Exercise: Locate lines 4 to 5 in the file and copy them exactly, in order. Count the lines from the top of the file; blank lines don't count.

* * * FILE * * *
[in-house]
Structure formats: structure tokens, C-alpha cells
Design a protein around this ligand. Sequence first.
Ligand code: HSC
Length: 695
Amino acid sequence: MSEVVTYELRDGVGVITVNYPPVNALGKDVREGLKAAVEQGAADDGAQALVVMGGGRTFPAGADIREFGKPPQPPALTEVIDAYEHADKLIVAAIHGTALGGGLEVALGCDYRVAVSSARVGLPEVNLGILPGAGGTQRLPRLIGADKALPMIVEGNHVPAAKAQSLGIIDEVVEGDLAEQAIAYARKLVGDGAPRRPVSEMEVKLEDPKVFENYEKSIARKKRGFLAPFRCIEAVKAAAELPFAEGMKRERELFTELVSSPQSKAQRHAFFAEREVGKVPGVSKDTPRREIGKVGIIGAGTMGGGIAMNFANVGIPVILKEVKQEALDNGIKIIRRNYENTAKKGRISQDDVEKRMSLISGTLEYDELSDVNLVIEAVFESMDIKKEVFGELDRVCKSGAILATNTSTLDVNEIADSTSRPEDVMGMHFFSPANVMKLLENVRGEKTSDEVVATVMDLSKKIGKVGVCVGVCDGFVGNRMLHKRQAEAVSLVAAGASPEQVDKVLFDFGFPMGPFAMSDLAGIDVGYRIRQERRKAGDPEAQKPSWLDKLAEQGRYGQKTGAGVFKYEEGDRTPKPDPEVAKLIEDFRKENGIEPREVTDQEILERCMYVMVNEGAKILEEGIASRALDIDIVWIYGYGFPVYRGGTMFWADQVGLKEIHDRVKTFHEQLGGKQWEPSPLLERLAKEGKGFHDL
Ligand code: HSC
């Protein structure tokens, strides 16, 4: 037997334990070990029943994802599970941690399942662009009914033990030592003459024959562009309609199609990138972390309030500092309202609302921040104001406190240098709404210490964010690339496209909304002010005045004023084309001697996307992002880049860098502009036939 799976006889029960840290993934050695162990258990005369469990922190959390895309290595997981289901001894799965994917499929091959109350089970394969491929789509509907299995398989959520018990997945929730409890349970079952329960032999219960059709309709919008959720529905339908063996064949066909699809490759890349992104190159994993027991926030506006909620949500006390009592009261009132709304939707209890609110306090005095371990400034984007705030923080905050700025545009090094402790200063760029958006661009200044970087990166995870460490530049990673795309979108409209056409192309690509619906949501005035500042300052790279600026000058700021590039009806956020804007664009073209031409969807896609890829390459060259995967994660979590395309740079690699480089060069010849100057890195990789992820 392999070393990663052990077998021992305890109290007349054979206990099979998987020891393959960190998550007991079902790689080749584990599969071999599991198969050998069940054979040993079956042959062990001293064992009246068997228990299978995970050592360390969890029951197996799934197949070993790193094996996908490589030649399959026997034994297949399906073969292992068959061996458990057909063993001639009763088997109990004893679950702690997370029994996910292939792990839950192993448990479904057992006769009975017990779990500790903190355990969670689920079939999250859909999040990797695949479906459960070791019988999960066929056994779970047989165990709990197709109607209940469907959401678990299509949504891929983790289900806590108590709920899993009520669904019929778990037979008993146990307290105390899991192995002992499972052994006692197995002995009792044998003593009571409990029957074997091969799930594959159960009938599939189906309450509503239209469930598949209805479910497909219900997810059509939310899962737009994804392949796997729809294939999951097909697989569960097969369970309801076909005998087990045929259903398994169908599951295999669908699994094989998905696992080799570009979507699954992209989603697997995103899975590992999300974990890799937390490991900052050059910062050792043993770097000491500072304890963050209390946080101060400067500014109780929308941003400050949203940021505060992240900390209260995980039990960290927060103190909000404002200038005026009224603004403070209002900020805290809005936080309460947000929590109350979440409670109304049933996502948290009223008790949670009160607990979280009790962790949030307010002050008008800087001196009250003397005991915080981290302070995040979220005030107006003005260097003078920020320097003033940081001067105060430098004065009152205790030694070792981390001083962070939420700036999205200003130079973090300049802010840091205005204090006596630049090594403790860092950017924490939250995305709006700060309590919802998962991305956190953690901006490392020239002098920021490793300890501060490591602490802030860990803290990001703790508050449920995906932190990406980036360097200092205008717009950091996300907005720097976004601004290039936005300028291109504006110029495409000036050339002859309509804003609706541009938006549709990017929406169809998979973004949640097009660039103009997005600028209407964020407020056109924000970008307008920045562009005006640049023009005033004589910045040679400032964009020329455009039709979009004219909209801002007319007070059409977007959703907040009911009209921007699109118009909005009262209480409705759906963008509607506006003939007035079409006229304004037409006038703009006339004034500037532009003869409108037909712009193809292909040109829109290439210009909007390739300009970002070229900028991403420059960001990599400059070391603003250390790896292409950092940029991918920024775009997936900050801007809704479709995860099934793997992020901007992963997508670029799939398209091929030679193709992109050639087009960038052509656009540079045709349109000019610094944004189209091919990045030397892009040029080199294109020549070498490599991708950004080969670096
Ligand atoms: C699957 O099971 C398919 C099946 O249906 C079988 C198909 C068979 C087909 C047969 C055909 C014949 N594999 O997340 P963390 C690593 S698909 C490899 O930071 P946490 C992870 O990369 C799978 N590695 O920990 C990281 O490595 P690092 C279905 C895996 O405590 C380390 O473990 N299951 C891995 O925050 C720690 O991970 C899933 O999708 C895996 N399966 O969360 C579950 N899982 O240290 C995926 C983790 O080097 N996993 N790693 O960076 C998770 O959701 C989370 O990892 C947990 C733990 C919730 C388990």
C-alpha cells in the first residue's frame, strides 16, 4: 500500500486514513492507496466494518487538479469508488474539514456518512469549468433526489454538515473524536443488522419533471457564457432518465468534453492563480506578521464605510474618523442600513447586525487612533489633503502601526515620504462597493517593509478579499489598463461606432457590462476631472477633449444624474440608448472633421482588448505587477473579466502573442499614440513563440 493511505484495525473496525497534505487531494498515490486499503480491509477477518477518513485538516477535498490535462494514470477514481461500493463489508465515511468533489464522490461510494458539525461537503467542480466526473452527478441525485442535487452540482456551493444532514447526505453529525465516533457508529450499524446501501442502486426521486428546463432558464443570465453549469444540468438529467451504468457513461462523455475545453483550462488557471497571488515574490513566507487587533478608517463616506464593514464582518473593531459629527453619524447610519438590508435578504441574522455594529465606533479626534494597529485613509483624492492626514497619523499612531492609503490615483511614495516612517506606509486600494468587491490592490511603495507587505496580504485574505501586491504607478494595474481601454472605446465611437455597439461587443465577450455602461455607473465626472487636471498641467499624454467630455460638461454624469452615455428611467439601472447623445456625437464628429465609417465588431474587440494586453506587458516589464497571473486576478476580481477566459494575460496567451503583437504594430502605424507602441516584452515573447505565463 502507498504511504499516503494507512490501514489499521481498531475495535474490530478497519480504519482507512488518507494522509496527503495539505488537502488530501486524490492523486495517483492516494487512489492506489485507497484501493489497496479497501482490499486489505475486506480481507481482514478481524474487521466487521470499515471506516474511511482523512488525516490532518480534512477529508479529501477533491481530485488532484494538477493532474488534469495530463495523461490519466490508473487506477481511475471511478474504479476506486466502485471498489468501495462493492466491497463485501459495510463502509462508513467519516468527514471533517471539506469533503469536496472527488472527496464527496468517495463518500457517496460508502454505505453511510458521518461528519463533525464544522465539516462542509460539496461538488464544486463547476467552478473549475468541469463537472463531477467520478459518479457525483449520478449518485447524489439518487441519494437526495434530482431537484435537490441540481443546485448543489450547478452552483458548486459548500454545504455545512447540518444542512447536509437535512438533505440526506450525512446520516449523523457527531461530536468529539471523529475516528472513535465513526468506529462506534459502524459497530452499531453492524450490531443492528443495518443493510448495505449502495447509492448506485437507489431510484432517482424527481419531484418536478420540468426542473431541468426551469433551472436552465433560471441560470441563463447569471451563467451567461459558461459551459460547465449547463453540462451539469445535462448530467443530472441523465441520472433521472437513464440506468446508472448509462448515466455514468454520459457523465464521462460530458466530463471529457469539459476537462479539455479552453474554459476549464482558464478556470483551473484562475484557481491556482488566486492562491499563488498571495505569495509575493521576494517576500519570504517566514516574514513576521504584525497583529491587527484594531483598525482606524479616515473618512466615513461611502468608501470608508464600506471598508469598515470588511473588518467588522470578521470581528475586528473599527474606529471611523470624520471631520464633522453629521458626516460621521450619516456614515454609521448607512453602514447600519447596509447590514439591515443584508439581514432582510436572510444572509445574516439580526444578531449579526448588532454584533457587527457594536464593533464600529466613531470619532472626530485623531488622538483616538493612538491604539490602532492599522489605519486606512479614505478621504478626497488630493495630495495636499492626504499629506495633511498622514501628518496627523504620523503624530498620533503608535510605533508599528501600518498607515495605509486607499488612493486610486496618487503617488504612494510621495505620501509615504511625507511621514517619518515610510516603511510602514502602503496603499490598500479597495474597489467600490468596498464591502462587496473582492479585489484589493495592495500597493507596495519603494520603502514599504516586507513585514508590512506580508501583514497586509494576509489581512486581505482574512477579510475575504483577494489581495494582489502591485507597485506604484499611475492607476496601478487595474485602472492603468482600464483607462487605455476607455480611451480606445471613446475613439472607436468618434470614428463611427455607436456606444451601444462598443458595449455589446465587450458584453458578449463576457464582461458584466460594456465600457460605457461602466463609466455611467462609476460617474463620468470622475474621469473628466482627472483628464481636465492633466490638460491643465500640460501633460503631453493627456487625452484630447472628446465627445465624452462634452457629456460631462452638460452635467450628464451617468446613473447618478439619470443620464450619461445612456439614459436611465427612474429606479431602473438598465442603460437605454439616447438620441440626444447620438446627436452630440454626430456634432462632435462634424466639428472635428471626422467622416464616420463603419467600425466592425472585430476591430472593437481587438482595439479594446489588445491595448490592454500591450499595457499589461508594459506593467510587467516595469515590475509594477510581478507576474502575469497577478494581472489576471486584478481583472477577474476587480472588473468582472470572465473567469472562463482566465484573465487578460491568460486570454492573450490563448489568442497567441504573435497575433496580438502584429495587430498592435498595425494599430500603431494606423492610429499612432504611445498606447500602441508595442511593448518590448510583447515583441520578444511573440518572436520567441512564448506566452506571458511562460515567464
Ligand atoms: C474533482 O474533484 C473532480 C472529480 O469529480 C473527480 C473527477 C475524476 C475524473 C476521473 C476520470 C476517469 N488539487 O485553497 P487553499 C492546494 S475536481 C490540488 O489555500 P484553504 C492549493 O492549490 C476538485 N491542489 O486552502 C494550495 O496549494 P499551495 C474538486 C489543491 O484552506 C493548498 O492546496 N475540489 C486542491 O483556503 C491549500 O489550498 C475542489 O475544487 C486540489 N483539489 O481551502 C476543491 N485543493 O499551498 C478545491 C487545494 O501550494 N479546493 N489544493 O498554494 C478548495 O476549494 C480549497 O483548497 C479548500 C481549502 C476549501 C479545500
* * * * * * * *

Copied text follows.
Ligand code: HSC
Length: 695